Space Grain

[Image: A micrometeorite, photographed by Donald Brownlee, University of Washington].

A paper published last month in Geology reported “the discovery of significant numbers (500) of large micrometeorites (>100 μm) from rooftops in urban areas”—or “cosmic dust grains,” in the words of New Scientist, that have been “found on city rooftops for the first time.”

Although the samples were “collected primarily from roof gutters in Norway,” according to the original paper, their presence there “demonstrates that, contrary to current belief, micrometeorites can be collected from urban environments.” That is, the dust of ruined cosmic objects can be found intermixed with autumn leaves, cigarette butts, and brake pad dust, perhaps even accumulating on your bedroom window sill.

[Image: Gorgeous photograph of a micrometeorite by Matej Pašák].

Of course, it has long been possible to sample urban areas for micrometeorites, so this is not entirely new.

What’s fascinating, nonetheless, is that these micrometeorites are most likely to have arrived on Earth within the past six years, the study points out, but their size is notably larger than the average sample of micrometeorites from the recent geological record, indicating “variations in the extraterrestrial dust flux” on the scale of 800,000 years.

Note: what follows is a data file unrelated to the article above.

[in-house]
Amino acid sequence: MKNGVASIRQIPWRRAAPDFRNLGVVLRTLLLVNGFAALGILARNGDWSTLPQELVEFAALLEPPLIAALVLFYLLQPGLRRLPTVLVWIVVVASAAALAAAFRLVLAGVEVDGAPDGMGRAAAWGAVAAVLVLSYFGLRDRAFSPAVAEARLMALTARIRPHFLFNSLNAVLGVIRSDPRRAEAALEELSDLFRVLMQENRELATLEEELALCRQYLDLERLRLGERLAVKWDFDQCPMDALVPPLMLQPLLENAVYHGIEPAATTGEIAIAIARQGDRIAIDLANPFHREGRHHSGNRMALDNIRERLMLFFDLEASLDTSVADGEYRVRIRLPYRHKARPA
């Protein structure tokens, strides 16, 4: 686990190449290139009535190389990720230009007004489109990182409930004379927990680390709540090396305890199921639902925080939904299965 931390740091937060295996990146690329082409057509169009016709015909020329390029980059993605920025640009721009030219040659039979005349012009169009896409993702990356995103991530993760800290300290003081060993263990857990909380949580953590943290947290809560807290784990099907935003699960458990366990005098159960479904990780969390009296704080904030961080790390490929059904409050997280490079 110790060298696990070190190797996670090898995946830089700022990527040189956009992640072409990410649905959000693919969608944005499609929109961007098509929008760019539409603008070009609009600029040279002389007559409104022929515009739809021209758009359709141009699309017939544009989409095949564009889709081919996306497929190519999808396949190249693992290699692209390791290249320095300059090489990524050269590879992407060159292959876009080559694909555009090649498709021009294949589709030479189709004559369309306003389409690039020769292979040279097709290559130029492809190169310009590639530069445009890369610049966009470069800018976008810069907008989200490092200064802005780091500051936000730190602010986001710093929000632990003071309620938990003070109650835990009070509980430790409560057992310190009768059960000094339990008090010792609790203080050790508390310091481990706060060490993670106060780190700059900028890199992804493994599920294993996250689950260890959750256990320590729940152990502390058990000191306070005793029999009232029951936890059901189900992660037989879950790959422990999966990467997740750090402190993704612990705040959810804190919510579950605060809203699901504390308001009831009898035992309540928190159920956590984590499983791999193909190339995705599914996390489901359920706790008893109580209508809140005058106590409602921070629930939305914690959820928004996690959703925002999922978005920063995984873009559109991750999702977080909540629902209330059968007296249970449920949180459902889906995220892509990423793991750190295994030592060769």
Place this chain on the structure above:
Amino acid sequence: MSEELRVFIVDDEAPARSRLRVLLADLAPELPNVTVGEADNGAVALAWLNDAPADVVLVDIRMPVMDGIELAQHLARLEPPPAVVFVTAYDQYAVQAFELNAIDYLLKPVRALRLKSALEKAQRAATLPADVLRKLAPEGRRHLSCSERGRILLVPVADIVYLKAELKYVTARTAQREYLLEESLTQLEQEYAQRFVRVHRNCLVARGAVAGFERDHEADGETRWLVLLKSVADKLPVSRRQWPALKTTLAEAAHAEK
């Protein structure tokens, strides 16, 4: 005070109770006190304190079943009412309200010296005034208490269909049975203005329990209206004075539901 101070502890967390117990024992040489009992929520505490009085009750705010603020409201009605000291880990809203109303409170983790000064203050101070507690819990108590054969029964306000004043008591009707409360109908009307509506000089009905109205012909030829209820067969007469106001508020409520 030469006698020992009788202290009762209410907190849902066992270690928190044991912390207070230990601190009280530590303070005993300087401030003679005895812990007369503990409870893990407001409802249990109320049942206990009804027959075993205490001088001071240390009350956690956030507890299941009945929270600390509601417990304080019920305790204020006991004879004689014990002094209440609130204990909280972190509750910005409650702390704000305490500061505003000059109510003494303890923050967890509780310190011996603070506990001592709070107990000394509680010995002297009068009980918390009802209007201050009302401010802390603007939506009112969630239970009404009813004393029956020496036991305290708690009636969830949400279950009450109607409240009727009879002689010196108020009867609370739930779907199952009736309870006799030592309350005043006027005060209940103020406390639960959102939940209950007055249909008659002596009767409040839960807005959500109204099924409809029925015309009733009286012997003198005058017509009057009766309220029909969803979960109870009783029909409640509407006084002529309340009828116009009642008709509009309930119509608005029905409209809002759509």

As New Scientist points out, this means that larger cosmic shifts can be deduced from the size and shape of these grains:

The differences [in size] may be linked to changes in the orbits of planets such as the Earth and Mars over millions of years, [researcher Matthew Genge] says. Resulting gravitational disturbances may have influenced the trajectory of the particles as they hurtled through space. This in turn would have an effect on the speed at which they slam into the Earth’s atmosphere and heat up.

“This find is important because if we are to look at fossil cosmic dust collected from ancient rocks to reconstruct a geological history of our solar system, then we need to understand how this dust is changed by the continuous pull of the planets,” Genge says.

Something’s changing in our local cosmic-dust environment, in other words, and evidence of this shift is slowly collecting on our roofs and sidewalks, accumulating in our gutters and sills.

(Conceptually related: War Sand).

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